It should be noted that the cut is trapezoidal. That is, wide at the base and narrower at the top. This way, the hedge stays tight in the lower area and gets the necessary sunlight to grow. From March to the end of September the shape cut can be carried out. Please do not cut later, because otherwise the first night frosts can damage delicate shoots. All in all, planting hedges with the steps mentioned above is just as easy as caring. It is only important that the prescribed limit distance and the cutting date are adhered to. With the appropriate tool, nothing can stand in the way of maintaining the hedge.
Facts about planting hedges soon
For newly created hedgerows on fertile farmland, soil aging may be useful to suppress fast-growing nutrient-loving species and promote a much more species-rich population of rare specialists. The clippings of the annual mowing and the shrub recession must be removed over several years. Otherwise, the clippings should remain in place to promote the creation of litter, modern and raw hummocks and deadwood.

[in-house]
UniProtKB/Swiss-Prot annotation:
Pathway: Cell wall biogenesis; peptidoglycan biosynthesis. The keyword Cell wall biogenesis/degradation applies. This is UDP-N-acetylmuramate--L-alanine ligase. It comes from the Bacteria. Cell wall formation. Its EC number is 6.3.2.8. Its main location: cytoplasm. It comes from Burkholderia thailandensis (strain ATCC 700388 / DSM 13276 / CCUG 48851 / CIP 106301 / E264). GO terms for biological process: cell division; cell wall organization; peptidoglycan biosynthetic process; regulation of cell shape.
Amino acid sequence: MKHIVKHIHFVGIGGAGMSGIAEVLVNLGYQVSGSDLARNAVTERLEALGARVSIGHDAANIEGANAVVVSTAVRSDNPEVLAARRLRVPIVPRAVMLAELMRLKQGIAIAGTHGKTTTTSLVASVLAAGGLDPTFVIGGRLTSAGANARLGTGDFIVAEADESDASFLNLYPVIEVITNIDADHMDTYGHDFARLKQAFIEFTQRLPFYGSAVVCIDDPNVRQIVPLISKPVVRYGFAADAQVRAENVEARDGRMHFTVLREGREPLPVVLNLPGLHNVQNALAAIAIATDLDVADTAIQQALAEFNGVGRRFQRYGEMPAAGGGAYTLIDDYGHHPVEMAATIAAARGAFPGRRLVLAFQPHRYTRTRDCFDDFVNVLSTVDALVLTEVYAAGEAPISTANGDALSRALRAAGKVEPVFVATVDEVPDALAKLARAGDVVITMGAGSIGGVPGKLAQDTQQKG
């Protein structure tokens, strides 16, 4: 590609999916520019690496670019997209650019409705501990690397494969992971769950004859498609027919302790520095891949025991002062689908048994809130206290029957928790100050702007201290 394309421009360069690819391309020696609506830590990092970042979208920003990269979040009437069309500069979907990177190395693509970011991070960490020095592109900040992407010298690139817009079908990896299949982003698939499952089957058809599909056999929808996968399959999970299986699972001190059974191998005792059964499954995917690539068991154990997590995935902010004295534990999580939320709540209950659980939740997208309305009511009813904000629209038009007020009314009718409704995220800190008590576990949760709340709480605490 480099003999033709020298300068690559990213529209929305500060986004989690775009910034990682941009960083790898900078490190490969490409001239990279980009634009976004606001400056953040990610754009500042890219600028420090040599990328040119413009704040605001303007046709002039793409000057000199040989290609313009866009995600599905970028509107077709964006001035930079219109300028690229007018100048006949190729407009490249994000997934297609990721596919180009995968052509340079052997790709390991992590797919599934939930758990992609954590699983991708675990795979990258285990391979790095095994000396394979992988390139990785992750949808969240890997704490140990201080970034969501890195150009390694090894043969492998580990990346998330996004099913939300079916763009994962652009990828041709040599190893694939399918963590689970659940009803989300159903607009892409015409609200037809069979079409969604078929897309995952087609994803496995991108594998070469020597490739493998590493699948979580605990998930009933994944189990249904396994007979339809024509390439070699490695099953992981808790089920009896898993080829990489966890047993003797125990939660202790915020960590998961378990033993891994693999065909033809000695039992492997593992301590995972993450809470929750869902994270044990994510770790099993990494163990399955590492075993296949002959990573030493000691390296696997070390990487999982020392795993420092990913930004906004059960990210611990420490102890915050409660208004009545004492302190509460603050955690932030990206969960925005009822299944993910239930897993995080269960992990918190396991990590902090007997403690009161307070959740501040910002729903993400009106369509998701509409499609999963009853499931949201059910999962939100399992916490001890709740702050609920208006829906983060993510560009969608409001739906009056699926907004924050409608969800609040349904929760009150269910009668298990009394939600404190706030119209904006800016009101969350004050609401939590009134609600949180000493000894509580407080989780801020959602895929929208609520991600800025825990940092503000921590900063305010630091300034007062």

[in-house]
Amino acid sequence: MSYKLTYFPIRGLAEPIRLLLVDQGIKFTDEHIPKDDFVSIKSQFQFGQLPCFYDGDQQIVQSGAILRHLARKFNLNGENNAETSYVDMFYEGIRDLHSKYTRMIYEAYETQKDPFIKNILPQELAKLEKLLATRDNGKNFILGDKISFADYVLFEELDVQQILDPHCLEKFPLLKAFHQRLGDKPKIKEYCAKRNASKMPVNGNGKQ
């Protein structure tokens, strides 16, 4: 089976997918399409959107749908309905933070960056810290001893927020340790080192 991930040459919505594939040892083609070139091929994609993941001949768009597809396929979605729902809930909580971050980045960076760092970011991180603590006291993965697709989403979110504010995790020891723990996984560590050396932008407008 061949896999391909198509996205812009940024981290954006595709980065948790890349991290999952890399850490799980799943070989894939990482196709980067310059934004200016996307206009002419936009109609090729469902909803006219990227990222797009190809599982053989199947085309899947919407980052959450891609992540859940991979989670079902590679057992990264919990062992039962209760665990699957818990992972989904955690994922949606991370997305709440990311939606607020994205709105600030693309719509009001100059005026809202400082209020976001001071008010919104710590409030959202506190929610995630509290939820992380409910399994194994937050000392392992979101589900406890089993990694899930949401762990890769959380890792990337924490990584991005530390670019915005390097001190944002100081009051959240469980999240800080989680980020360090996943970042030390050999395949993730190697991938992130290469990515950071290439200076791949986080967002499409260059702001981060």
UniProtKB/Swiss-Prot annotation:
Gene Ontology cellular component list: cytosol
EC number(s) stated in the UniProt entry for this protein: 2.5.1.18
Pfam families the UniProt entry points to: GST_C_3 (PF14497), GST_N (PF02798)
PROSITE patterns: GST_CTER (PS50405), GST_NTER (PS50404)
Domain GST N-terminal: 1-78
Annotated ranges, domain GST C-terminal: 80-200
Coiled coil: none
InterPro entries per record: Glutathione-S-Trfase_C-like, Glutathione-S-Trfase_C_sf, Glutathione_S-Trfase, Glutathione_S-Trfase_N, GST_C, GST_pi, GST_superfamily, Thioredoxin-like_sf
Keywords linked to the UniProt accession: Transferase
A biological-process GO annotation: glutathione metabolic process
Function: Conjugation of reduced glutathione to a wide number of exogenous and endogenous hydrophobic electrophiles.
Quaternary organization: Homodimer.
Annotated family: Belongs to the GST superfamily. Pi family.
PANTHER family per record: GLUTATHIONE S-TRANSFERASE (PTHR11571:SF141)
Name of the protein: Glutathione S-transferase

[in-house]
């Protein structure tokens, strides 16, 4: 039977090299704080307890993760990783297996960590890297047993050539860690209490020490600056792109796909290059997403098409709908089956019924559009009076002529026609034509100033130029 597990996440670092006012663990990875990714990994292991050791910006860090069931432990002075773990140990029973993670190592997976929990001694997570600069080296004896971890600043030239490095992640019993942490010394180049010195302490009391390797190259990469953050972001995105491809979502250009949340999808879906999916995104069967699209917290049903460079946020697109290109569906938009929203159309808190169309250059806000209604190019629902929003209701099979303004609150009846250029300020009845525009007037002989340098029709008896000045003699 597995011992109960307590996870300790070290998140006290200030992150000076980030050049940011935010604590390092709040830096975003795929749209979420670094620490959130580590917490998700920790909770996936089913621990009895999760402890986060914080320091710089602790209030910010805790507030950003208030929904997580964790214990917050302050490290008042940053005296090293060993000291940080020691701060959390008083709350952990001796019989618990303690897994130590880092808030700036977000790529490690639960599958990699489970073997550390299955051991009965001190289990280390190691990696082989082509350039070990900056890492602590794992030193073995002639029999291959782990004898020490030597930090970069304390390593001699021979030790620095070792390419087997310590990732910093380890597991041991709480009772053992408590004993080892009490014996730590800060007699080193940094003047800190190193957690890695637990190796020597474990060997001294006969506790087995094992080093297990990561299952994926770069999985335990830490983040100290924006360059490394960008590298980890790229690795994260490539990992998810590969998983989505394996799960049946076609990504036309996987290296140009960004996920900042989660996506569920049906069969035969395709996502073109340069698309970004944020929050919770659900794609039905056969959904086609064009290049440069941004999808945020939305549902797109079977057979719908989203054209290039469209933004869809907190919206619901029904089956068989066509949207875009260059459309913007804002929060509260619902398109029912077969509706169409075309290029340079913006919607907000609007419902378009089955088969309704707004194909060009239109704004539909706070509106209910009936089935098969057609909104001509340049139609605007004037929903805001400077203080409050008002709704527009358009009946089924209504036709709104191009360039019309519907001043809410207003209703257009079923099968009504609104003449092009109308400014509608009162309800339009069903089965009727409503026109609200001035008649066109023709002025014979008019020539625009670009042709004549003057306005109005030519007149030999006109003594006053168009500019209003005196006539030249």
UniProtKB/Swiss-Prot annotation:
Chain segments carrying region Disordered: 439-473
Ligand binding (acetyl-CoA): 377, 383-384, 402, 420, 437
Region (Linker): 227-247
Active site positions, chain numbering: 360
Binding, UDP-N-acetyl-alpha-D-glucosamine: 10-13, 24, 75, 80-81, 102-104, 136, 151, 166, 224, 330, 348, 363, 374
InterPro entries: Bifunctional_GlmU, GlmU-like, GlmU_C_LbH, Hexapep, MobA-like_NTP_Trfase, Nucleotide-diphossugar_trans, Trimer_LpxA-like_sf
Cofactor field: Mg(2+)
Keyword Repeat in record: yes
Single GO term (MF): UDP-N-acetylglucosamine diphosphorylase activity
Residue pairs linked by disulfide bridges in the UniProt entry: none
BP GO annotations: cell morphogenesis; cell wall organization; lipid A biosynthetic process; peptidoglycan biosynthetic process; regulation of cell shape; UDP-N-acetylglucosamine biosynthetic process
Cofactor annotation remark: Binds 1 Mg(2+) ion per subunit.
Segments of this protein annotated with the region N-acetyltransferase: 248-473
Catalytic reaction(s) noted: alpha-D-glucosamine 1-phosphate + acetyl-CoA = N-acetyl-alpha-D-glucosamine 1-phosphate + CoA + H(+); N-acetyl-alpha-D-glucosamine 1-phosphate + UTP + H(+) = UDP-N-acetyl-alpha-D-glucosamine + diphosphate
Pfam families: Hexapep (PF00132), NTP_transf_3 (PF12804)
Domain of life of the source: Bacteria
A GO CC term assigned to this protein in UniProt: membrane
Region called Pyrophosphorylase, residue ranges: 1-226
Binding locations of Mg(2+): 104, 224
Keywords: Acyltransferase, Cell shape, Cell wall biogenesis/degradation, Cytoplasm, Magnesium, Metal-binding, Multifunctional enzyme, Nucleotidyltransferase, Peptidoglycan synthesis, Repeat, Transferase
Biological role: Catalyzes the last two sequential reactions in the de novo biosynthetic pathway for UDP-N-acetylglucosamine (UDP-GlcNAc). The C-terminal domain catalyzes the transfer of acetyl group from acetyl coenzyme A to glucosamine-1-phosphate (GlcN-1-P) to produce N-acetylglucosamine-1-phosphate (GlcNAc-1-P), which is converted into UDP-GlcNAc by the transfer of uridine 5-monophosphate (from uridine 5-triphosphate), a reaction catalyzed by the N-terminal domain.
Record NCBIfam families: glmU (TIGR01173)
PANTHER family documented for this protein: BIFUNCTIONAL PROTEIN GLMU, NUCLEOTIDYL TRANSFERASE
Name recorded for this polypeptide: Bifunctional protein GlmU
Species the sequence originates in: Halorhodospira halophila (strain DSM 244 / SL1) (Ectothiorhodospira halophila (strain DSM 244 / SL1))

For the creation of hedges since the beginning of the 1990s particularly so-called Benjes hedges have been propagated. The principle of the Benjes hedges is to build hedges not by planting new plants, but by the seed entry of birds. For this purpose, pruning is streaked and after a mostly nettle-rich herb stage begins a bush encroachment. The advantage is that this form of investment is inexpensive and domestic seed is introduced by birds. The disadvantage is that especially shrubs prevail from ausschlagfähigem shrubs such as blackberries. While a positive impact on avifauna, small mammals and insects can be achieved in this way, the Benjeshecke is rather meaningless for botanical species conservation. It has proved more useful to supplement Benjeshecken with woody plantings.
Tips for planting
  • For hedge planting, the excavation of a planting trench in double width and depth of the plant root bale is usually recommended
  • Mix the excavated soil on heavy soils with sand or lava granules and use some organic fertilizer (such as compost or horn shavings)
  • Shorten plants of deciduous hedges by 1/3 to 1/2 - cut conifers only to uniform height
  • Distribute the trees evenly in the planting trench so that the side shoots just touch each other
  • When filling the planting trench, shake the plants and make a good start on the soil mixture to avoid cavities
  • Create a pouring wall and water plants well
  • Cover planting area with bark mulch to avoid rapid drying out of the soil.

Hedge plants that are suitable for the garden include:

  • Privet and cherry laurel
  • Yew tree, tree of life and cypress
  • European beech and hornbeam